Isabel Losada is the author of the The Battersea Park Road to Enlightenment and For Tibet, With Love: A Beginner’s Guide to Changing the World. For Tibet, With Love is an exploration of the old question ‘What can one person do to make a difference?’ as applied to the Chinese government’s policy on Tibet. Here Isabel Losada chooses her top 10 books on the subject of non-violence, the Dalai Lama and the Tibet.
1. The Story of My Experiments with Truth: An Autobiography by Mahatma Gandhi
We have to start here as even the Dalai Lama admits that Bapu has been an inspiration to him. As a young man, when Tibetans came to him demanding to be allowed to take up arms to protect Tibet the young Dalai Lama would imagine what Gandhi would have said to them. If you are weary of the war on terror, reading the life of Gandhi will restore your faith in mankind.
2. The Long Walk to Freedom by Nelson Mandela
I wanted this on the list because of the common misconception that Mandela was violent. His fight against apartheid was non-violent for many years. They did eventually resort to bombing empty buildings – but never people. If you haven’t read this astoundingly inspiring autobiography – where have you been?
3. Freedom in Exile by the Dalai Lama
The first autobiography of the Dalai Lama, written when he was a young man who had recently been driven into exile. Full of passion and, rather ironically as it turned out, hope. What I love about this book is the way it weaves the recent history of Tibet (since about 1945) with the Dalai Lama’s personal story so I learned about Tibetan history but was gripped by the personal details. Like Mandela – an inspiring life. It’s amazing how many people read ‘little books of Buddhist sayings’ that have the Dalai Lama’s name on the cover and yet have no idea of the story of his life.
4. The Art of Happiness by the Dalai Lama with Howard Cutler
This has been compiled by a western psychiatrist Howard C Cutler in a series of long conversations with the Dalai Lama. I found Mr Cutler rather rambling but we all need to be reminded by His Holiness that peace has to be inside us before we can help anyone or anything. Happiness, personal responsibility, peace, empathy, compassion – wouldn’t it be good if these were on the curriculum in our schools as they are in the Tibetan monasteries?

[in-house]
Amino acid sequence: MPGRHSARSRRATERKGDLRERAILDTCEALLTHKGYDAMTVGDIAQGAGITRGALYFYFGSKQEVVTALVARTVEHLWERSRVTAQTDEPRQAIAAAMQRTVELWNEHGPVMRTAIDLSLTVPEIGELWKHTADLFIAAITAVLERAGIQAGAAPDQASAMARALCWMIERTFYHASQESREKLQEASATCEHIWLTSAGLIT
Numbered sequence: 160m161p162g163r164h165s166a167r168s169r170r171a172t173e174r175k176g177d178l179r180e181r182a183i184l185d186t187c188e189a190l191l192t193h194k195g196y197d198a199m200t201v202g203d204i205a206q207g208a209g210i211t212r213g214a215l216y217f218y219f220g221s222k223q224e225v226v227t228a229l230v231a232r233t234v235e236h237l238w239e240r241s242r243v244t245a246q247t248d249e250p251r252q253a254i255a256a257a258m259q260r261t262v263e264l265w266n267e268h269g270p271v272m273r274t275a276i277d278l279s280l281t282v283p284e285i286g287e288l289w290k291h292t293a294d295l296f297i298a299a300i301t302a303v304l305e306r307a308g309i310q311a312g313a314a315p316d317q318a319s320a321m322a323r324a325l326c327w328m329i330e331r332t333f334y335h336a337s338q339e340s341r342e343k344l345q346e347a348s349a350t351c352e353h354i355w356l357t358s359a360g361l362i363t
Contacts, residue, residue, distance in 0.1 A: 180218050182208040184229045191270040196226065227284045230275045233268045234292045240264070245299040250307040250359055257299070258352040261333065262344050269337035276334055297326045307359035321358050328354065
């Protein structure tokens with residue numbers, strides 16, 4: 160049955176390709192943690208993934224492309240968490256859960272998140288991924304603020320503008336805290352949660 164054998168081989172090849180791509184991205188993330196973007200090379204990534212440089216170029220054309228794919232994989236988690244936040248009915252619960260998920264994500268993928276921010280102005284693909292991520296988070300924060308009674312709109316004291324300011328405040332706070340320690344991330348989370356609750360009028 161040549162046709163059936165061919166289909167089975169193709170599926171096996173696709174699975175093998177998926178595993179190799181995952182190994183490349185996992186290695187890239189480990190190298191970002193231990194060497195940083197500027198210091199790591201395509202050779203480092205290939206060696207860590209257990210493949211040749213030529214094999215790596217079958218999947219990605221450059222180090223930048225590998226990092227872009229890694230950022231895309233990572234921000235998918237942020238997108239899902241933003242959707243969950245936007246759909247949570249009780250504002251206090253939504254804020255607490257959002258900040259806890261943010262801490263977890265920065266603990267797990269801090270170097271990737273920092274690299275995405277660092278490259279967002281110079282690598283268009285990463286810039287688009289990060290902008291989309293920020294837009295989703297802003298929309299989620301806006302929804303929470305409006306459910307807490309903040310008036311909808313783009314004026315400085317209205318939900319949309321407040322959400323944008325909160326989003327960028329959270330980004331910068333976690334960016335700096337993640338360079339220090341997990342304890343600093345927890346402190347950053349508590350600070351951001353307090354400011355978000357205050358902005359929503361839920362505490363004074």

5. The Dragon in the Land of Snows: The History of Modern Tibet since 1947 by Tsering Shakya
If you’ve ever wondered why the world stood by and let the Chinese communist party walk into Tibet and destroy this ancient and unique culture – read and be horrified. The British come off as particularly culpable as we had diplomatic representation in independent Tibet. We decided to ignore that fact as it was inconvenient for us. We are still ignoring it.
6. Eighteen Layers of Hell: Stories from the Chinese Gulag by Kate Saunders
It is hard to believe that institutionalised torture goes on today in China. But reading this book, which includes firsthand accounts of life in the Laogai (Chinese labour camps) and details of medieval forms of torture, will leave you in no doubt. A hard read but certainly one of the most important books that I’ve ever read. You will never again want to buy a single item that says ‘Made in China.’
7. The Hotel on the Roof of the World by Alec le Sueur
Very different from the book above, this is the light-hearted true story of the author’s five years running a hotel in Lhasa. It makes Fawlty Towers seem an oasis of calm. He unfolds his tale with genuine wit and compassion for all points of view.
8. The Search for the Panchen Lama by Dr Isabel Hilton
You may be amused to know that the atheist Chinese government apparently knows more about the recognition of reincarnations than the Dalai Lama. This is the tale of how a young boy believed by Tibetans to be an incarnation of wisdom was arrested at the age of six and hasn’t been seen since. He was detained because he was supposed to be the person responsible for identifying the next Dalai Lama. Instead there will now just be a mess, as the book explains.
9. The Dance of 17 Lives by Mick Brown
This is the story of the boy who got away. The other leading figure of Tibetan Buddhism, brought up under Chinese eyes to be loyal to the Chinese government, escaped over the mountains as a teenager and now lives in India. If you are sceptical about reincarnation, read journalist Mick Brown’s extraordinary book.
10. The Bradt Travel Guide to Tibet by Michael Buckley
If, like me, you decide that you want to travel to Tibet then you need the help of a really travel guide. Tibet is a very dangerous place to travel – if the altitude sickness doesn’t kill you then the roads probably will. This guide has all the usual things that you’d expect of a travel guide. It includes places to stay, cultural and historic information, maps and the best routes to take but the author of this guide has travelled in Tibet for over 10 years and knows his subject really well. Buying this guide may just save your life.